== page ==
Cleaning up and trying new things.
It’s spring and for some reason, that means I should clean things. I’m not really sure of why that is, but I decided to give it a try this year and wiped my Surface. I’ve wiped computers before, both intentionally and not, but not usually my main machine. Using macOS, wiping and re-installing can be a bit of a pain. Windows 10 makes this surprisingly easy: there’s a button for it in settings.
Click a few buttons, wait a little while, then start setting up what is essentially a new machine. I managed to get it done in about a few hours. Most of that time was spent finding and installing all the software I need.
And it’s pretty great so far. I’ve gotten rid of so much junk and only downloaded what I actually need to get by on. Sure, I’ll download more stuff as I go, but for now I have a lean, quick system. I’m definitely going to make this a yearly thing.
One of the new things I decided to try after reinstalling was to use the Windows Subsystem for Linux (a.k.a. Bash for Windows) more. I don’t have a lot of projects outside of work, so using it for all my personal work should, in-theory, be easy. Mostly, it means getting the Hexo CLI running so I can work on this blog.
Since you are reading this, I have clearly succeeded.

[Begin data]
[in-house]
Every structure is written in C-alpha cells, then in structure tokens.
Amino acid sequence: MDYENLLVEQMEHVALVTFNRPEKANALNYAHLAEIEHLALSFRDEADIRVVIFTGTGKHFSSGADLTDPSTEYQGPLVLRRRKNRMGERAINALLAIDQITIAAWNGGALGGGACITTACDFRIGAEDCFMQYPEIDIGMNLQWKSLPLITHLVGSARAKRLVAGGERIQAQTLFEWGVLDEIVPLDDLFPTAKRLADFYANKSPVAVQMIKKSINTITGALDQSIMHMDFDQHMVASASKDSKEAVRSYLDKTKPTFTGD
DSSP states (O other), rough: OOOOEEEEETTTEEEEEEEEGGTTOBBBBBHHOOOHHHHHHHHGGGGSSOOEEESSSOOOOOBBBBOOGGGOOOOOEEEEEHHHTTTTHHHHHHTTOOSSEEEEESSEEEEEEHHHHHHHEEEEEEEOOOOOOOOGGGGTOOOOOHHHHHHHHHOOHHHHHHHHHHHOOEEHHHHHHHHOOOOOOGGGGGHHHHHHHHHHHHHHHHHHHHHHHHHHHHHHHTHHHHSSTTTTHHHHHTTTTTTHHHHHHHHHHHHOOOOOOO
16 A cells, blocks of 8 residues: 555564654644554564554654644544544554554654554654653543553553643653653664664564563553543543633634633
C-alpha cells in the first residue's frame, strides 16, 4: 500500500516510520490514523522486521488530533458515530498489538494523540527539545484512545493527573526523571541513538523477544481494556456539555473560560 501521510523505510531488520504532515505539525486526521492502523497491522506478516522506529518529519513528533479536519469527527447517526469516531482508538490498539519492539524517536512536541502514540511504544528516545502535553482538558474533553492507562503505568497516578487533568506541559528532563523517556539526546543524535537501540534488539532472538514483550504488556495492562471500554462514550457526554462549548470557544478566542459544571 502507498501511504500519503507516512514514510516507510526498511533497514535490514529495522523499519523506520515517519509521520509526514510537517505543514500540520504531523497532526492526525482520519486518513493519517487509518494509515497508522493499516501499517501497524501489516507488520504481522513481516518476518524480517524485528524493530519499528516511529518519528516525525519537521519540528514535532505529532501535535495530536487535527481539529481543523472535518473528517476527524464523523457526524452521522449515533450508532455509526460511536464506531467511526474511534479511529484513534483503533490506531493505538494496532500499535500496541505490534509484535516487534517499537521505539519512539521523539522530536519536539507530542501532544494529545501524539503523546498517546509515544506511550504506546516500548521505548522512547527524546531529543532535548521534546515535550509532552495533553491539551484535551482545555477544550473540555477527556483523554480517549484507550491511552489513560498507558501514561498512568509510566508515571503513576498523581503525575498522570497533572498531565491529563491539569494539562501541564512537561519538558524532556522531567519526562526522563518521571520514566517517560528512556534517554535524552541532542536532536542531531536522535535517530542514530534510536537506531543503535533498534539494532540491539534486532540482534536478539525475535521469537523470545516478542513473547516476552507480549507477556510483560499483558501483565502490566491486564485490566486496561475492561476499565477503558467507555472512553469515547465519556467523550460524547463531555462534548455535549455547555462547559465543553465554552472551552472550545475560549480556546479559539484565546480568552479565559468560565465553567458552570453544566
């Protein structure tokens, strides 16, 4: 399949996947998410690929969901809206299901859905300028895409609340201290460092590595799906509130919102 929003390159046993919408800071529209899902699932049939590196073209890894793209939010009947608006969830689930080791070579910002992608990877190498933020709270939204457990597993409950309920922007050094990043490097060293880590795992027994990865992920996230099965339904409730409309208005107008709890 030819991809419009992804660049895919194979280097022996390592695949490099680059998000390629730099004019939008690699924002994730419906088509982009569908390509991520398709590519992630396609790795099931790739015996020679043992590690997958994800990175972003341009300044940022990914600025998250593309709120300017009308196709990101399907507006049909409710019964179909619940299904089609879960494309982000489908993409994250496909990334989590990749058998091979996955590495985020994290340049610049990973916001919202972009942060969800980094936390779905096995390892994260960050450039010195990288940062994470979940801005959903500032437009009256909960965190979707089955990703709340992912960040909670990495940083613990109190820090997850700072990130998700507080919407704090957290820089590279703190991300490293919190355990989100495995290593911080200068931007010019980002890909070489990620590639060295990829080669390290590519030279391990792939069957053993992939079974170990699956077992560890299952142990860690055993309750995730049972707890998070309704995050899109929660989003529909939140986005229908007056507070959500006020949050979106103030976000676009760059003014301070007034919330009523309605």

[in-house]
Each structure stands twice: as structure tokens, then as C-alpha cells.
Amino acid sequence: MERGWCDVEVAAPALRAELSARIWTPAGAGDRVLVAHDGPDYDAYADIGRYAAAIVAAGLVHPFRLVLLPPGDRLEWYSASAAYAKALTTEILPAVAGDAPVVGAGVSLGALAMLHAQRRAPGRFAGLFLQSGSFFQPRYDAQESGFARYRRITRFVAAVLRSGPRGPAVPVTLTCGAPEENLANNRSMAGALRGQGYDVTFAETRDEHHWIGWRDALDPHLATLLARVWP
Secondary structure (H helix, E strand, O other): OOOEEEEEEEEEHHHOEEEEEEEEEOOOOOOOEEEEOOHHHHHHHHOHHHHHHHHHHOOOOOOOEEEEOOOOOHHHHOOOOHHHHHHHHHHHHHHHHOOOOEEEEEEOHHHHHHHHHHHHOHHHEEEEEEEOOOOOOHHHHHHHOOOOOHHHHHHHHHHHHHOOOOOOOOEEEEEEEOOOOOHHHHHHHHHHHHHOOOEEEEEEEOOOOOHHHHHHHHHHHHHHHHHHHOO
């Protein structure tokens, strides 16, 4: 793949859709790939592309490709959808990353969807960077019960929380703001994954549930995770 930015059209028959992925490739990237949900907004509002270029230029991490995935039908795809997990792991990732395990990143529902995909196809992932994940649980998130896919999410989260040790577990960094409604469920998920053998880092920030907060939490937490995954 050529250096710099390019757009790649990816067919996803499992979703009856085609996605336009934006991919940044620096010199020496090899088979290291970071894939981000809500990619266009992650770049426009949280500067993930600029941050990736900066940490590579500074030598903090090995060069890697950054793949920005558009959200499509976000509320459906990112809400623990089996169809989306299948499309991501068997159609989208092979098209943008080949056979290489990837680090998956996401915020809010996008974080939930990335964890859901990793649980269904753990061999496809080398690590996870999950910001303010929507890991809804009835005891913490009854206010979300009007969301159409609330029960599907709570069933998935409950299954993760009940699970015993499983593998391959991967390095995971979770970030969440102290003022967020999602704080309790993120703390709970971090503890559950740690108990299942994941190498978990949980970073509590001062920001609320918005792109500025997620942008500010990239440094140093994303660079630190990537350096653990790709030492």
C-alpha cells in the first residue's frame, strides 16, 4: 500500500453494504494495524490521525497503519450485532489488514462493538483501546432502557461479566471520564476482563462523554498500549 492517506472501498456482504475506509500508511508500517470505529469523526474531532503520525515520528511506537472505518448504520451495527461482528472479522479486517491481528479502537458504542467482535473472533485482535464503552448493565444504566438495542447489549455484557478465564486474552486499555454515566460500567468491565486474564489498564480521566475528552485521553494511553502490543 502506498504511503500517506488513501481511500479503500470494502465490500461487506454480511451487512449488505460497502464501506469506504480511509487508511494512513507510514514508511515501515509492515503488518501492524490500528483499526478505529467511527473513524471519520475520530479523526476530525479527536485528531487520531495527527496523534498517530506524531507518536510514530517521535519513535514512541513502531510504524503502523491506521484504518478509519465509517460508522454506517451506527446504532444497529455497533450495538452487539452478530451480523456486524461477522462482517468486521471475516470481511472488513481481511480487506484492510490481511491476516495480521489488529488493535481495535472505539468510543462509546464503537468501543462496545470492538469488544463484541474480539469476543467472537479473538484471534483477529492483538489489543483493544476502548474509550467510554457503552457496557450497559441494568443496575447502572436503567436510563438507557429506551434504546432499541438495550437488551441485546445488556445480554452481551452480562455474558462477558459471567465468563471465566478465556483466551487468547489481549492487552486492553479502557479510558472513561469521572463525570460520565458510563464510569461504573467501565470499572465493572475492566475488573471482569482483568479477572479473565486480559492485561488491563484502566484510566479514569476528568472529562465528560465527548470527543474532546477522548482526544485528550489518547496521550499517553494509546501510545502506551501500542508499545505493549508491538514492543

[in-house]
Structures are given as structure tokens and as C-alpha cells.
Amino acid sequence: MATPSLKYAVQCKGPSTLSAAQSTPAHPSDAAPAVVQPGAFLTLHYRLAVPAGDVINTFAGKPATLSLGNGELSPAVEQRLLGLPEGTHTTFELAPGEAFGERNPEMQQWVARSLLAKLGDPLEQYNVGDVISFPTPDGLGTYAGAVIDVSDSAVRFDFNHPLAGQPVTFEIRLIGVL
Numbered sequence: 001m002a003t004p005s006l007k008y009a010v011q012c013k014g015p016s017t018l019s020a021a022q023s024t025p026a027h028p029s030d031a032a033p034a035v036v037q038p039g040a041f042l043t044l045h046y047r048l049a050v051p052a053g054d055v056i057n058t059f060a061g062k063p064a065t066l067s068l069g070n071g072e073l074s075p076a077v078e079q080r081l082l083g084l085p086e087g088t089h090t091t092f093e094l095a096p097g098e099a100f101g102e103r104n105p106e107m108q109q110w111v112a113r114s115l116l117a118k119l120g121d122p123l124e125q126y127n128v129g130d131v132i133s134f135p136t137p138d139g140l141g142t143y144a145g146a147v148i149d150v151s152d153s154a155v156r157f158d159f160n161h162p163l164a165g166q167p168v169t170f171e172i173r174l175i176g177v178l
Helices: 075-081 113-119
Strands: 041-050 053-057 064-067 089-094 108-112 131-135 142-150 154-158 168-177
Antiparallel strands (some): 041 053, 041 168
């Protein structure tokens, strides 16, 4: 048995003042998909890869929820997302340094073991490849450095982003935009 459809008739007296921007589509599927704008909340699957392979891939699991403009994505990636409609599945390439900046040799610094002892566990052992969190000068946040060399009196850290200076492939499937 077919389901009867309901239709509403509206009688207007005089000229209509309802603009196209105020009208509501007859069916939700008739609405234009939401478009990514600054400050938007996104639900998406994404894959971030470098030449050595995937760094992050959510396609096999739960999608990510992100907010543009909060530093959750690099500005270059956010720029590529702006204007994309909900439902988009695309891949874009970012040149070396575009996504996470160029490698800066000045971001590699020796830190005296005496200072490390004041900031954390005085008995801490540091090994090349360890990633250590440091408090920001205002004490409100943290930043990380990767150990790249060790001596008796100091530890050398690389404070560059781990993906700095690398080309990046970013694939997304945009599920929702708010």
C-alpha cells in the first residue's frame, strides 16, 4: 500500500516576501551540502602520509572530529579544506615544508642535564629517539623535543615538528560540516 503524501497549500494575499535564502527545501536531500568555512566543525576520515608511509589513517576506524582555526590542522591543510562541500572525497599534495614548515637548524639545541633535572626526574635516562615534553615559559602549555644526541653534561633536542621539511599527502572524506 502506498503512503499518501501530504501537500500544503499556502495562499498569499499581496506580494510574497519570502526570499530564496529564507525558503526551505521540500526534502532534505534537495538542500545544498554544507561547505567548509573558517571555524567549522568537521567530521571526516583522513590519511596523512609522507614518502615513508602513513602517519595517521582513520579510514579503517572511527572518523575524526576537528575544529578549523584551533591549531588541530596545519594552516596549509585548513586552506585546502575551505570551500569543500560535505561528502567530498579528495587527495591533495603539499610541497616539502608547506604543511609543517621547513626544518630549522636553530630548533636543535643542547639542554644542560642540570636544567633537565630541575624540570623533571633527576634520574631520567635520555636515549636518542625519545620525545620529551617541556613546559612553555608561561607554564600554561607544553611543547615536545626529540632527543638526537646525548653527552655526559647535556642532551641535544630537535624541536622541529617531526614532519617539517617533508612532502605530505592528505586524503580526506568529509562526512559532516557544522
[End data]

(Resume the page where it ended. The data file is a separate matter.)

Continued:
Node and NPM install easily and Hexo runs well from Bash. Plus I can configure Visual Studio Code to use Bash instead of the Windows Command Prompt which greatly eases the transition. It feels nice to be back to using a *nix style command line. It is one of the big things I miss from macOS.
One quirk with Hexo: I can use the serve command (
hexo s) and then open the site in Edge just fine, but I cannot use the open flag (
-o) and have it open Edge for me. I actually think that this could happen, but would require Hexo to implement some changes, so I don’t expect it anytime soon.
Something to note is that I did previously try to get Hexo running in Bash before, but due to some missing APIs in the WSL, it didn’t work. The Creators Update fixed this. I’m loving the frequent Windows updates that actually contain good changes.